In The Encyclopedia of Science Fiction (1992), Peter Nicholls accuses Michael Crichtons novels of reading like potential film scripts. Nicholls slightly cynical tone notwithstanding, there is some truth to the comment in that both Michael Crichtons novels of Sphere (1987) and Jurassic Park (1990) were originally designed as film scripts. It is a measure of just how far Michael Crichton was out of Hollywood grace at the time in that none of these attracted any attention. Crichton then had the further ignominy of seeing a substantial part of Sphere appropriated by James Cameron in The Abyss (1989).
Jurassic Park however was a best-seller as a novel and attracted the eyes of Steven Spielberg who turned it into the mega-successful Jurassic Park (1993) and the rest, as they say, is history. Michael Crichtons middle name suddenly became author of Jurassic Park and he found himself in the midst of a major career revival even bigger than the success he had had in the 1970s. Although Crichton never went onto reoccupy the directors chair, there were major film adaptations of all his books Rising Sun (1993), Disclosure (1994), Congo (1995), The Lost World: Jurassic Park (1997), The 13th Warrior (1999), Timeline (2003) and the tv mini-series remake of The Andromeda Strain (2008) and he also provided the original screenplay for Twister (1996) and created the hit tv series ER (1996-2009). The Jurassic Park credit alone was enough to propel Crichton from has-been filmmaker to one of the most cinematically popular contemporary novelists, rivalled possibly only by John Grisham.
Certainly, Sphere (1987) is probably Michael Crichtons weakest book. In it, Crichton seemed undecided whether he was telling an alien contact story or a monsters from the id drama, while the ending where the protagonists simply wished the problem away was so absurd I threw the book across the room in frustration. Michael Crichtons novels are fine for the scientific extrapolation and the depth of research Crichton places into them, but when it comes to characters Crichton is utterly flat. To return to Peter Nicholls comment above about Crichtons novels reading as film scripts, it is not hard to see why one might think such as Crichtons novels tend to make better films than books film allows Crichtons nondescript characters to be fleshed out with actors. Jurassic Park is an enjoyable page-turner but what made it as a film and phenomenon was seeing the dinosaurs in all their ferocious, living-breathing CGI glory.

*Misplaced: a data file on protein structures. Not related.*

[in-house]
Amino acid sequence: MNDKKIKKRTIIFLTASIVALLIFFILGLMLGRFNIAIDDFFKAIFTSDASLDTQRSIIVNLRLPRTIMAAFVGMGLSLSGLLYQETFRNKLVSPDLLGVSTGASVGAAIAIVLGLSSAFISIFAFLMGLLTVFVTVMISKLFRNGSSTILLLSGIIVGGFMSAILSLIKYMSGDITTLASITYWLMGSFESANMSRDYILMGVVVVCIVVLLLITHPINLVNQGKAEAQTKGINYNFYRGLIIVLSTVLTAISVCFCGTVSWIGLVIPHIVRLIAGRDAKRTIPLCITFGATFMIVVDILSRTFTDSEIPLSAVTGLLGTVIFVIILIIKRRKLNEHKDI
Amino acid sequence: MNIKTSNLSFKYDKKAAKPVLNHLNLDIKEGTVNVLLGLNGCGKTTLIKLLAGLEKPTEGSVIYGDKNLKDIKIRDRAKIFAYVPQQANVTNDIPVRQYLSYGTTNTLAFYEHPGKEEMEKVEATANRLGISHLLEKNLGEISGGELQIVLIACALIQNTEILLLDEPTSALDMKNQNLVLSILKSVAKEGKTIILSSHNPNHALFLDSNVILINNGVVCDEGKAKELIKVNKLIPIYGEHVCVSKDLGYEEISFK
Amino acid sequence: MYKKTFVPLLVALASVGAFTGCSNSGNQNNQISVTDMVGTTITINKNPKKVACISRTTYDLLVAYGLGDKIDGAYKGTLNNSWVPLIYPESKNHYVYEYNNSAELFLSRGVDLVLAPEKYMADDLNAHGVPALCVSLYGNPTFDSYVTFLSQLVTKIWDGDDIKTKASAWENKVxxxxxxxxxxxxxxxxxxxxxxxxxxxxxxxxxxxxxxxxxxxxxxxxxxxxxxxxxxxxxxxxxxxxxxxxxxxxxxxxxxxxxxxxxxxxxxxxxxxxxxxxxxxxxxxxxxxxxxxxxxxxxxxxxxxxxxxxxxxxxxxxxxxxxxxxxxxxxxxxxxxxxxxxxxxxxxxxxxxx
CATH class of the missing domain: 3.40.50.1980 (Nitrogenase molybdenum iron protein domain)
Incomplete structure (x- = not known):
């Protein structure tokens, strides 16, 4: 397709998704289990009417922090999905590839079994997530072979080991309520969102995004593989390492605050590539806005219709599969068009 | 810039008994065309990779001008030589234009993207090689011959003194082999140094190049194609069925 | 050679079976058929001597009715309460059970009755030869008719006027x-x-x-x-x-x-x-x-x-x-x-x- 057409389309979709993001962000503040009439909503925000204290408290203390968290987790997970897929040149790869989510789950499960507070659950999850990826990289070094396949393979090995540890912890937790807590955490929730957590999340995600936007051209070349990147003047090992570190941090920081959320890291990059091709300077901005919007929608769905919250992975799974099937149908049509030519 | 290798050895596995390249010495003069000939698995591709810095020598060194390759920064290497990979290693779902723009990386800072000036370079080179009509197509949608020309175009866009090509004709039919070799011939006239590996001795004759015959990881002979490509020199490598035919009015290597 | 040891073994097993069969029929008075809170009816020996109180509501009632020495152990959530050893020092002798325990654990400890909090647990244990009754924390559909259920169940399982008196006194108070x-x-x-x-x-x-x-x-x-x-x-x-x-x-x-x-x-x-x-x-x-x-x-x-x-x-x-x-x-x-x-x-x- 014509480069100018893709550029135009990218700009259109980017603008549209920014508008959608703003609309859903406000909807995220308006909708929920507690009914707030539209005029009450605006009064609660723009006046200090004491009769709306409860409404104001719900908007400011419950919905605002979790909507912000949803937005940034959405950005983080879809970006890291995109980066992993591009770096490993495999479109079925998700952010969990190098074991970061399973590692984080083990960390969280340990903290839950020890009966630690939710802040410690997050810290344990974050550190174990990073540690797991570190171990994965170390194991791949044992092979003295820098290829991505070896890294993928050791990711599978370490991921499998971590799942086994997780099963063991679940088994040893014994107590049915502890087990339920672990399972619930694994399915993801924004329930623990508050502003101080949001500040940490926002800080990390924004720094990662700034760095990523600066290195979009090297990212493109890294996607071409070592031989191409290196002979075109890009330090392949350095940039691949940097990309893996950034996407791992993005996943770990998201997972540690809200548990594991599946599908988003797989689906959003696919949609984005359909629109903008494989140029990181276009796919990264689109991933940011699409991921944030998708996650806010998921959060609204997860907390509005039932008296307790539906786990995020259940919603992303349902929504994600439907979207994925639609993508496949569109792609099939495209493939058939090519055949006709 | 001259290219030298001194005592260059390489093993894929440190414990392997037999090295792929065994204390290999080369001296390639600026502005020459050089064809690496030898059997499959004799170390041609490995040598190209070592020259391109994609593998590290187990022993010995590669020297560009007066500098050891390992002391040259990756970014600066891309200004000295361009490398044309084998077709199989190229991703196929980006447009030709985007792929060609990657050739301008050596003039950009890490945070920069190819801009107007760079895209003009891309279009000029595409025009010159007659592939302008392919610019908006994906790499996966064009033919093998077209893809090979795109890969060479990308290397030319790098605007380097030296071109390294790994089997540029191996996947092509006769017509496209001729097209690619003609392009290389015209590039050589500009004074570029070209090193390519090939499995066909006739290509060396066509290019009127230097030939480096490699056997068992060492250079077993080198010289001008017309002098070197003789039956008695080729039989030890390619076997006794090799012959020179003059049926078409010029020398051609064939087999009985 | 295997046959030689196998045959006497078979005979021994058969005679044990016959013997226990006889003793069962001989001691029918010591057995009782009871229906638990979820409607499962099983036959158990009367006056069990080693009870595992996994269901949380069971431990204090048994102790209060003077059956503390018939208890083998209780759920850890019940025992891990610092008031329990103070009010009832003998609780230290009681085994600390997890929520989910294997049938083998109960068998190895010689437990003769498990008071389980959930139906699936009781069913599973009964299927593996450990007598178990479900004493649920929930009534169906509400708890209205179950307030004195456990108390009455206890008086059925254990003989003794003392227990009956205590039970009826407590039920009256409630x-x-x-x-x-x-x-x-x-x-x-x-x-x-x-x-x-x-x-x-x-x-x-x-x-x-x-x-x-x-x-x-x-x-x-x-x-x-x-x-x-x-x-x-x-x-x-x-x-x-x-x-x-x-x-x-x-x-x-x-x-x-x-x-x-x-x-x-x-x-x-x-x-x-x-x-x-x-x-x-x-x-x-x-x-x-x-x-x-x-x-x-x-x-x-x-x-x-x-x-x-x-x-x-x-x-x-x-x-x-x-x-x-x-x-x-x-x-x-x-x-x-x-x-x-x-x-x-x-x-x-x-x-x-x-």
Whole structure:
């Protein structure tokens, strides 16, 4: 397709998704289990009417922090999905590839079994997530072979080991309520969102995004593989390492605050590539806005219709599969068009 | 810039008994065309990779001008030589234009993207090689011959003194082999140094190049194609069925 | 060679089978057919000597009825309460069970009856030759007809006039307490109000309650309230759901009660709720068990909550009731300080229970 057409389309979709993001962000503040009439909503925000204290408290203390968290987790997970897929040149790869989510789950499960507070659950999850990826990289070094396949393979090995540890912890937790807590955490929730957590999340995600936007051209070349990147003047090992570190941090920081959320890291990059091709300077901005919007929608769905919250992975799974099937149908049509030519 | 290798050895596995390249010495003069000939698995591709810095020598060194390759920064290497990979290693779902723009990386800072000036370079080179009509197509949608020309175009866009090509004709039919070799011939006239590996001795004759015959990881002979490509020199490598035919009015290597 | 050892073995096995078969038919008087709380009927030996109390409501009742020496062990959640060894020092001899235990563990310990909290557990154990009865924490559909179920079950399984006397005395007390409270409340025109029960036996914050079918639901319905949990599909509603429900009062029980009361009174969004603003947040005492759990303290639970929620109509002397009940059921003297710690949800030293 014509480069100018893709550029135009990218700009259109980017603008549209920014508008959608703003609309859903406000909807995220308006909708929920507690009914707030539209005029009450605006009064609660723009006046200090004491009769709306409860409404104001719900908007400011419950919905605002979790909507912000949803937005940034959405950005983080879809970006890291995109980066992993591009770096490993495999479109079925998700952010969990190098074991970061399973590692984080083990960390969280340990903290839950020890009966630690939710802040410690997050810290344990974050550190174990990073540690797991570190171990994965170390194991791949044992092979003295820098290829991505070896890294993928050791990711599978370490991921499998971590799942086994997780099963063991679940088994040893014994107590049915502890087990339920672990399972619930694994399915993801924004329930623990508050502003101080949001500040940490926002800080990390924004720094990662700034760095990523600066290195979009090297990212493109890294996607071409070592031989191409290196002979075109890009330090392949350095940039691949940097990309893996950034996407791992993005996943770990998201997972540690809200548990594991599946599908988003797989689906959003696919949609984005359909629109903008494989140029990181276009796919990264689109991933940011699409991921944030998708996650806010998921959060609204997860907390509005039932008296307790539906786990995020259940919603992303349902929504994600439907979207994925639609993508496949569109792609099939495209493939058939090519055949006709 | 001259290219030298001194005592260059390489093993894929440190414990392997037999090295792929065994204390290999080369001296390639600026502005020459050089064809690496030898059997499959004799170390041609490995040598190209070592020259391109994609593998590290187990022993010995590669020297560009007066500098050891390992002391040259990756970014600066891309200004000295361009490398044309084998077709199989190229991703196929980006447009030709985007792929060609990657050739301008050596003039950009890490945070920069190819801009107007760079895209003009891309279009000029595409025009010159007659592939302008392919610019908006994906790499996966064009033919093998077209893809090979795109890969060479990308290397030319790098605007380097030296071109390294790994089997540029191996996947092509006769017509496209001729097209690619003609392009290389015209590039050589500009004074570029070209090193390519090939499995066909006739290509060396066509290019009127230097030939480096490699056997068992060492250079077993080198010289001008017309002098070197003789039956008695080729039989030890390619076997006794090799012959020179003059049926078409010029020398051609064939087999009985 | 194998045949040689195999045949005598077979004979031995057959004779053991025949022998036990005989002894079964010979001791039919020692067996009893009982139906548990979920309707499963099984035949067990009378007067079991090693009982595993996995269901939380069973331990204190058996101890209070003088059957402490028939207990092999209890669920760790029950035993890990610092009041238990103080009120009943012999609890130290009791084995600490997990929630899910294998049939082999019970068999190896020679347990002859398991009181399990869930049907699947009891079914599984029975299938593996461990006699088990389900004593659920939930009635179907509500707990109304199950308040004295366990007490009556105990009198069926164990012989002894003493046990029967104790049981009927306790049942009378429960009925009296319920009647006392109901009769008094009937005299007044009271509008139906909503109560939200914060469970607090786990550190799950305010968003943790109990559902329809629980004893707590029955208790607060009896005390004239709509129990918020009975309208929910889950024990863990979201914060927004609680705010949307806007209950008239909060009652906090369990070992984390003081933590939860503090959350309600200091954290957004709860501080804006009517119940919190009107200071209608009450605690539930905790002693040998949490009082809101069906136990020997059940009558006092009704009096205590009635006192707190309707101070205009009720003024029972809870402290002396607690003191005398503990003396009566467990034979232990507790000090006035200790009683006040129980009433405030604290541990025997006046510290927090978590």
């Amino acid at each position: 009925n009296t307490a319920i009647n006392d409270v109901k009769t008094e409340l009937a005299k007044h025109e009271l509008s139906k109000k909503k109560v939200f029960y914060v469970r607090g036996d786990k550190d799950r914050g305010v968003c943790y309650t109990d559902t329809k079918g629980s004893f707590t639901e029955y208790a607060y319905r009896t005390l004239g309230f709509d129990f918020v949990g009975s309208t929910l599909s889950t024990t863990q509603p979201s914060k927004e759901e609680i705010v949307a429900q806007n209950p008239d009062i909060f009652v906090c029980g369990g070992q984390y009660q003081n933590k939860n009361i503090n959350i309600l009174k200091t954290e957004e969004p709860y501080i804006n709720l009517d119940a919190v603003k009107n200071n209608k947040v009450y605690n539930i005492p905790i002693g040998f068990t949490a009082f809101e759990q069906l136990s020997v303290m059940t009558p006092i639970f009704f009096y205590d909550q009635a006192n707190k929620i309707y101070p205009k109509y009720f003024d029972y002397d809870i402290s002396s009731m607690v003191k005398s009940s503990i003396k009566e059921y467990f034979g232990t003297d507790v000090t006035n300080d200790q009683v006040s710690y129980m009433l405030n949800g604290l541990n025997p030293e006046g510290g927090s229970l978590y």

Sphere is directed by Barry Levinson, of Diner (1982), Young Sherlock Holmes (1985), Toys (1992), Rain Man (1988), Wag the Dog (1997) and The Bay (2012) fame, as well as the previous adaptation of Crichtons Disclosure. The script is from Paul Attanasio, creator with Barry Levinson of the finest series on tv at the time the film was made, Homicide: Life on the Streets (1995-9), and who also adapted (and improved) Crichtons Disclosure for Levinson. Sphere is an impressively well-made film the unfolding of the alien contact scenes and the revelation of the aliens identity are eerie and suspenseful. There is perhaps a little too much running around between ships, but the science and underwater scenes are conducted with an impeccable and impressive realism. Levinson and photographer Adam Greenberg invest the story with an increasingly claustrophobic tone that grips the imagination. The combined efforts allow a story that seemed fairly naff on the page to gain considerable credibility on screen. Levinson and Attanasio even manage to tone down and make the ending believable. There is also an excellent score.